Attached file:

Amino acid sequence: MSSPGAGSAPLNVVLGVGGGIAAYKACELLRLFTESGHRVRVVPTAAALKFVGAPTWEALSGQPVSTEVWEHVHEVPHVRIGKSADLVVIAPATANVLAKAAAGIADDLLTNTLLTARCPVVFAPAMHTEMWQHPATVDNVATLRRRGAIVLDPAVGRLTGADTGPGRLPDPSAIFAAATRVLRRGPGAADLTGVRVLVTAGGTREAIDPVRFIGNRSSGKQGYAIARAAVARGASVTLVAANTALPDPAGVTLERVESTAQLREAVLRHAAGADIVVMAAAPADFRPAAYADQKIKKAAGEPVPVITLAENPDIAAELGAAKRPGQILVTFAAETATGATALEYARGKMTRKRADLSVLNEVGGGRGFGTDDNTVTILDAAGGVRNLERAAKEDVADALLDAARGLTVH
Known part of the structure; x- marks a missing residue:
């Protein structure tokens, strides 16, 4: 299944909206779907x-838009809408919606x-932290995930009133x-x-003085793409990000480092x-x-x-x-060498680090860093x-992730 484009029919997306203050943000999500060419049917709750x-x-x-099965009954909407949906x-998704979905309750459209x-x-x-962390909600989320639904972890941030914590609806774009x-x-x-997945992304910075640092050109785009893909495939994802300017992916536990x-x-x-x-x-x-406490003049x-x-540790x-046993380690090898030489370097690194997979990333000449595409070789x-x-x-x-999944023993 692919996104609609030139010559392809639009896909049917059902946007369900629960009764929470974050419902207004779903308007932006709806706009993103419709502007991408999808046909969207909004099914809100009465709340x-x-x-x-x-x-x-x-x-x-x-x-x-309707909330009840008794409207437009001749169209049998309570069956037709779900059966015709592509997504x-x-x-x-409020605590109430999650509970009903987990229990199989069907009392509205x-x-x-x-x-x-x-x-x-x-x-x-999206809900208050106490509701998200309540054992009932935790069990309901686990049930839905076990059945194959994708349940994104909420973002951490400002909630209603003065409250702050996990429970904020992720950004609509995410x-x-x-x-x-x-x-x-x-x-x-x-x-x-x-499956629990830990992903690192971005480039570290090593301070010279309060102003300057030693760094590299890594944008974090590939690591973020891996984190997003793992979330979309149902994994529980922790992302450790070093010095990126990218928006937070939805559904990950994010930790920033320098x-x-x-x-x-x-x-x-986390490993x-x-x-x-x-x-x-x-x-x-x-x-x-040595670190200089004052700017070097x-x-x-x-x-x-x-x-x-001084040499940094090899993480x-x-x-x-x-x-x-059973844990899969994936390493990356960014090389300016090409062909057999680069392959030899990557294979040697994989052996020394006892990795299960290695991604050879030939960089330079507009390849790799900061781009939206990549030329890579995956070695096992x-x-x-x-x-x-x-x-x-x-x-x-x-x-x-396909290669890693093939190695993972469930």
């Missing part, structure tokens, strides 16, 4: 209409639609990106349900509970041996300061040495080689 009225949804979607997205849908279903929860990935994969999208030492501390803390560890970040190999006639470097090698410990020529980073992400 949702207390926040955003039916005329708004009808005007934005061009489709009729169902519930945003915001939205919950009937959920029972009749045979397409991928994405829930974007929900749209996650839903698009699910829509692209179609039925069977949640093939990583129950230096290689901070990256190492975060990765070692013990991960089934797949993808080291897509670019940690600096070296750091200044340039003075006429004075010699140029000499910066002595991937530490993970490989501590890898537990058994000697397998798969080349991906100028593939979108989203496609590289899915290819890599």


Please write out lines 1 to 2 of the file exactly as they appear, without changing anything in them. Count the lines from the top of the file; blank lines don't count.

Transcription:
Amino acid sequence: MSSPGAGSAPLNVVLGVGGGIAAYKACELLRLFTESGHRVRVVPTAAALKFVGAPTWEALSGQPVSTEVWEHVHEVPHVRIGKSADLVVIAPATANVLAKAAAGIADDLLTNTLLTARCPVVFAPAMHTEMWQHPATVDNVATLRRRGAIVLDPAVGRLTGADTGPGRLPDPSAIFAAATRVLRRGPGAADLTGVRVLVTAGGTREAIDPVRFIGNRSSGKQGYAIARAAVARGASVTLVAANTALPDPAGVTLERVESTAQLREAVLRHAAGADIVVMAAAPADFRPAAYADQKIKKAAGEPVPVITLAENPDIAAELGAAKRPGQILVTFAAETATGATALEYARGKMTRKRADLSVLNEVGGGRGFGTDDNTVTILDAAGGVRNLERAAKEDVADALLDAARGLTVH
Known part of the structure; x- marks a missing residue: